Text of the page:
BBQ Covered Gem of the Desert
By Derek Obregon
The Saturday I went to Pappy and Harriet’s Pioneertown Palace, it was packed with people. Some were there to feel like they were back in the Old West, some were there for the live shows Pappy’s is famous for, and some were there for the food and cheap booze. As you walk up, your eyes are immediately drawn to an accent wall with sloppy looking brick work and old glass bottles cemented right in. Stepping through the wooden door, we had to put our names on a waiting list because we didn’t make reservations—who would’ve thought you needed reservations to eat in the middle of the desert? Seeing that we had a few minutes to kill, we gave ourselves a quick tour of this rustic restaurant/bar/venue.
The interior sends you a polite message to slow down and enjoy life via tattered, hand painted signs and an eclectic mix of people willing to abide by these rules. The bar is swimming with people eager to grab a drink and the few pool tables look like they’ll be worked overtime tonight. You take in as much as you can while the resident band on Saturday nights, The Shadow Mountain Band, sets the mood perfectly. Finally, our hostess seats us by the glass bottle wall that showered the table with unique lighting just as the sun was beginning to set into the desert horizon.
The menu has a balanced variety of burgers, sandwiches, salads, Tex-Mex and BBQ. Food wise, deciding where to start was difficult, so drinks were the obvious first choice. The drinks were unsurprisingly brought out in mason glasses to continue the old-timey western theme. I was tempted to order the Chili Fries because I hear they are an absolutely amazing appetizer, but, in anticipation of the BBQ that awaited, I thought with my mind and not my stomach and opted for the Chips and Salsa to tide me over instead. The salsa was fresh, homemade pico de gallo that was proportionally diced with the right amount of mild spice. After some dinner conversation, the main course arrived.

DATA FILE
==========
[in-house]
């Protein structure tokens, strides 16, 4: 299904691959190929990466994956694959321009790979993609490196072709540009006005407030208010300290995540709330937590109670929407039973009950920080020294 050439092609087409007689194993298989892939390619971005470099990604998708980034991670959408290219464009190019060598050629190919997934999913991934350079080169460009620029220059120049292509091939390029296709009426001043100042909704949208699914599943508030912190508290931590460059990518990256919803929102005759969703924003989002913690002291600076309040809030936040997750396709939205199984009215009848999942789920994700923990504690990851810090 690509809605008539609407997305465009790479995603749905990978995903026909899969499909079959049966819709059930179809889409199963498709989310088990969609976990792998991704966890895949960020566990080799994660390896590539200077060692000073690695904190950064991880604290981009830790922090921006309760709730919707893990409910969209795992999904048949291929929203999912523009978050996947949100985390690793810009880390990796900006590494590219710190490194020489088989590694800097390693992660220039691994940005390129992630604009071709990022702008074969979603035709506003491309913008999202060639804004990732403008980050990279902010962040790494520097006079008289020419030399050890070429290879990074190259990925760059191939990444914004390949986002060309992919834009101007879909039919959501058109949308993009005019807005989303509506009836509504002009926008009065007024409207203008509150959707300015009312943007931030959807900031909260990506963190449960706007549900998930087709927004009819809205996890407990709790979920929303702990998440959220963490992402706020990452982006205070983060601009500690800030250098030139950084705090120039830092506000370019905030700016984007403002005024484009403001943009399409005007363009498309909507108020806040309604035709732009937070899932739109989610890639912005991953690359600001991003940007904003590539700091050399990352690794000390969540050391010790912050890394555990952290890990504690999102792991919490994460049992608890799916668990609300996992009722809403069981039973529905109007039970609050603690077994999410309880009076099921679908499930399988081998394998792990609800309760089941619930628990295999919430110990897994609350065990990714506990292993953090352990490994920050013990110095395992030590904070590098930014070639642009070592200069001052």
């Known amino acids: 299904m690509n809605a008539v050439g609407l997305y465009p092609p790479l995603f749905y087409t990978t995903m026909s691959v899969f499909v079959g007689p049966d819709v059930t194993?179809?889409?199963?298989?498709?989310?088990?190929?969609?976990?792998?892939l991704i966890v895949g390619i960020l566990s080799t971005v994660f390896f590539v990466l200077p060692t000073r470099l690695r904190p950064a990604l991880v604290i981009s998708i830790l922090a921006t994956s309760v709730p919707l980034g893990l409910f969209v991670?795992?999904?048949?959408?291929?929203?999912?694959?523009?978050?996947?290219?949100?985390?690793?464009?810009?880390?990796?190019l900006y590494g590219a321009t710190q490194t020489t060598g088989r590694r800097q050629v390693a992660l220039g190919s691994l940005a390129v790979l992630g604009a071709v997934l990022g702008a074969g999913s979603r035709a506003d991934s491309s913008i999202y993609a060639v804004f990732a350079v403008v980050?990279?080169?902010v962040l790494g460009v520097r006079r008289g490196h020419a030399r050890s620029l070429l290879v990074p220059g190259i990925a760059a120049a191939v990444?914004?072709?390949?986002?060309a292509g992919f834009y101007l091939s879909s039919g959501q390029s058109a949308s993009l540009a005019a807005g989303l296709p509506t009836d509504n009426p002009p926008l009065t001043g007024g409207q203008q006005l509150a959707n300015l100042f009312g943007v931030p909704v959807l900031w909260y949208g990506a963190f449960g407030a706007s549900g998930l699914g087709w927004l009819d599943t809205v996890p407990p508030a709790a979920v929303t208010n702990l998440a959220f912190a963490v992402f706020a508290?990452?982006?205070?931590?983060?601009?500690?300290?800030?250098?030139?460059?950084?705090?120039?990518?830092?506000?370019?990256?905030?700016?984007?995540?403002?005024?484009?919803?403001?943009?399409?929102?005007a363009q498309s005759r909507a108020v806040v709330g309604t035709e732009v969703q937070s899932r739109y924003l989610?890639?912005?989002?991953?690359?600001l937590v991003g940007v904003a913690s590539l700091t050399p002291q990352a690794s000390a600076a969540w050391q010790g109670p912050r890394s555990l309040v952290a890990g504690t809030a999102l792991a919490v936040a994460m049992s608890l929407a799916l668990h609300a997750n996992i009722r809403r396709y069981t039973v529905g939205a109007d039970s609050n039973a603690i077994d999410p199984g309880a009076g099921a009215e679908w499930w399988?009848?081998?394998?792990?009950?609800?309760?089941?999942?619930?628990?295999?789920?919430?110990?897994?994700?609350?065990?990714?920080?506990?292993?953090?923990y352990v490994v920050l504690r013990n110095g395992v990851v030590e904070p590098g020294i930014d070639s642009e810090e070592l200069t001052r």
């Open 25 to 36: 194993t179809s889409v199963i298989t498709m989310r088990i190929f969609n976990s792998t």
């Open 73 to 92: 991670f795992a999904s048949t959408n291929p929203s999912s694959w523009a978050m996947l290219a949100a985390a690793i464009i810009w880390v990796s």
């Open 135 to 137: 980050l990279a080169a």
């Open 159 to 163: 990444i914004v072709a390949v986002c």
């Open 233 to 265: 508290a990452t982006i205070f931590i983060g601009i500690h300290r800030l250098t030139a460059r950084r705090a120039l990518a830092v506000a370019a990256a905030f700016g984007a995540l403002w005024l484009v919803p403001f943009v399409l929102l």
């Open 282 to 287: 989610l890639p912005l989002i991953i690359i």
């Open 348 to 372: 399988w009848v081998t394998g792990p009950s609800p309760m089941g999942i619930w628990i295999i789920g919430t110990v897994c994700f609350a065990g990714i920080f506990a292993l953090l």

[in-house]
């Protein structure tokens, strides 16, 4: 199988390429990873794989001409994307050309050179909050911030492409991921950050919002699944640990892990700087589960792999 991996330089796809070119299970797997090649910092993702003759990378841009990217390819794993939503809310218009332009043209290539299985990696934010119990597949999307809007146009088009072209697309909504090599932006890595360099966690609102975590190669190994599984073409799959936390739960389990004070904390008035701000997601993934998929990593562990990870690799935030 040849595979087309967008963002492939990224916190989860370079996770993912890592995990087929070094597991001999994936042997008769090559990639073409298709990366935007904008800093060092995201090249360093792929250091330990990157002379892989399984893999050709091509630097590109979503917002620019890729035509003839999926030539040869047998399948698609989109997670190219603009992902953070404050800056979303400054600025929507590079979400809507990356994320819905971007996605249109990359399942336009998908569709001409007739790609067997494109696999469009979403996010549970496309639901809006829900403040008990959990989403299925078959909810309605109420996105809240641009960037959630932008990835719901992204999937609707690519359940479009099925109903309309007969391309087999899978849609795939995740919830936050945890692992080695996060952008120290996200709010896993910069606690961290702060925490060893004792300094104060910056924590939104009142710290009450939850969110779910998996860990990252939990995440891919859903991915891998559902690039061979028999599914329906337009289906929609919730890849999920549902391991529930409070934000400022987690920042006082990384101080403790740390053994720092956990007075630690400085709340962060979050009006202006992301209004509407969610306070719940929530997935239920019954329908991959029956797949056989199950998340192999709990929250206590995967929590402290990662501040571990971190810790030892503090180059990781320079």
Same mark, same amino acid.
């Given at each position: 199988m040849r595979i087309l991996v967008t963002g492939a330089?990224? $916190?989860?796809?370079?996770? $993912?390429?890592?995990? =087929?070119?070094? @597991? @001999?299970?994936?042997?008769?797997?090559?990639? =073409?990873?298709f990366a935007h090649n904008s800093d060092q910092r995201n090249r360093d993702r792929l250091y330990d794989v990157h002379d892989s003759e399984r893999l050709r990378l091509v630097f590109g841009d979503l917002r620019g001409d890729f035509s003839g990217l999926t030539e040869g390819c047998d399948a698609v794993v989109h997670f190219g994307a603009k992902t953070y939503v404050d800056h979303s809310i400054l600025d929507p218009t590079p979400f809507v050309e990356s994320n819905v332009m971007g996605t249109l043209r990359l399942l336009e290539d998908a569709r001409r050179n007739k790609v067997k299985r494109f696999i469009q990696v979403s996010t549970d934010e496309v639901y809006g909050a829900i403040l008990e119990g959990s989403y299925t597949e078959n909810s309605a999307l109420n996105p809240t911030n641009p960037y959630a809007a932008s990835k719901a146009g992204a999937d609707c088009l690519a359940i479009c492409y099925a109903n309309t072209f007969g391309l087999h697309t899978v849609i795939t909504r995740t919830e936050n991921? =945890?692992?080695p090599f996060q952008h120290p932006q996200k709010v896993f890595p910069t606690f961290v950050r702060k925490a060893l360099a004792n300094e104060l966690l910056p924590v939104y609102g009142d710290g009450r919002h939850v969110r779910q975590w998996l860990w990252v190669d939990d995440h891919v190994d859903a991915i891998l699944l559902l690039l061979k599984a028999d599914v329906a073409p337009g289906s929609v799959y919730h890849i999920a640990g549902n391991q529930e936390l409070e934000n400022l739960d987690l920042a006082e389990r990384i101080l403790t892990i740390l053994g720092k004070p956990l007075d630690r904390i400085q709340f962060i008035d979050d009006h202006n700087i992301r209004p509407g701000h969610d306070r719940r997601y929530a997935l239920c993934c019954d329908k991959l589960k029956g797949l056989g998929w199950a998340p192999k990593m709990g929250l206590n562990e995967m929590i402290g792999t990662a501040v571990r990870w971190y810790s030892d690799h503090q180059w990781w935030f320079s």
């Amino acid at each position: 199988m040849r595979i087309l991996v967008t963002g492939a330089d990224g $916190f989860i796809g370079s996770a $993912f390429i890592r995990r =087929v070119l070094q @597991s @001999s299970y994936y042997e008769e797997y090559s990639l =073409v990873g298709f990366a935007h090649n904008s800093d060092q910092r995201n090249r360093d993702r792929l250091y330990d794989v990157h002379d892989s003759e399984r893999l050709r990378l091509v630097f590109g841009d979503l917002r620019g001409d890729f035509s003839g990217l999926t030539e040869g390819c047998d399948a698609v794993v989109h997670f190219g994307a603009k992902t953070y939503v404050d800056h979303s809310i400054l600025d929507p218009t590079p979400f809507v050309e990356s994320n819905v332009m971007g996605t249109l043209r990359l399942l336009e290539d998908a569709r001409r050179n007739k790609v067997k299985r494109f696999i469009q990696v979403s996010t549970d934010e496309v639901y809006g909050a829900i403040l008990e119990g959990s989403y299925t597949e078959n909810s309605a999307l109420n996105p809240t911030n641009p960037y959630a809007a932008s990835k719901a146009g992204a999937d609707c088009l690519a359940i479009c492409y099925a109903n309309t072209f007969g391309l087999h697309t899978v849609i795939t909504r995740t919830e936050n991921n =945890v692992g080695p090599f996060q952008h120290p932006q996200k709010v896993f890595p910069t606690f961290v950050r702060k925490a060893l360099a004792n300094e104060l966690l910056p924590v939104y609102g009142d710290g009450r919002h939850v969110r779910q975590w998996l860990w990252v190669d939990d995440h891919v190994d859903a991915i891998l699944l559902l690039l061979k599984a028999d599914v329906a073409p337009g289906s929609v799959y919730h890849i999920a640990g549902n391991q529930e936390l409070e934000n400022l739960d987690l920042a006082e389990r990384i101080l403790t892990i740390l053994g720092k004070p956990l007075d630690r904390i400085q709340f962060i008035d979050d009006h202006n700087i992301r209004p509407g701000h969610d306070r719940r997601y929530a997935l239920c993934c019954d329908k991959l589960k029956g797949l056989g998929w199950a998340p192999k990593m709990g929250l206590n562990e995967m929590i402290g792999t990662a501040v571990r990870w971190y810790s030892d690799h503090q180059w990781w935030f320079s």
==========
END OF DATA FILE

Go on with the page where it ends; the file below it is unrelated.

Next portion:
I ordered the Santa Maria BBQ, thinly sliced tri-tip. The presentation was simple, but inviting. All of their meats are lovingly attended to over the open mesquite fires of the desert and I could tell that the tri-tip was dripping with flavor before I even took a bite. It was cooked how tri-tip is meant to be cooked; tender and moist on the inside while perfectly black-pepper crusted on the outside. The flavor was not trying to be fancy; it was good old fashioned BBQ in a good old fashioned place. A tangy side of BBQ sauce was provided for people that yearn for an extra layer of flavor, but it wasn’t needed. I prefer my tri-tip the way the chef prepares and serves it . . . bathing in its own juices, but I will admit that the occasional twang of BBQ sauce made for a delicious bite.
A side of steamed and lightly seasoned broccoli provided the greens for the night, and Garlic Mashed Potatoes and Gravy rounded out this meal. Pappy’s is one of the first restaurants I can recall eating at that smothers its garlic mashed potatoes in home-style gravy. This adds a whole new dimension of flavor, and more restaurants should try out this technique.
I wanted to ask the waitress about the homemade desserts, but was too full of a savory meal. The atmosphere alone is worth the drive, but add in the delicious food and you definitely have a reason to make the trip out to Pappy and Harriet’s. And I already have a tip on what to order next time. The guys dining next to us were celebrating a birthday and ordered the Porterhouse Steak . . . I wished him a happy birthday and couldn’t help but simultaneously eye the mouth-watering slab of steak that sat in front of him. It may have been too late for me this time, but I know exactly what to get next time.
Pappy and Harriet’s Pioneertown Palace, 53688 Pioneertown Rd., Pioneertown, (760) 365-5956; www.pappyandHarriet’s.com. Mon, 5pm-2am, Closed Tues. Wed-Sun, 11am-2pm.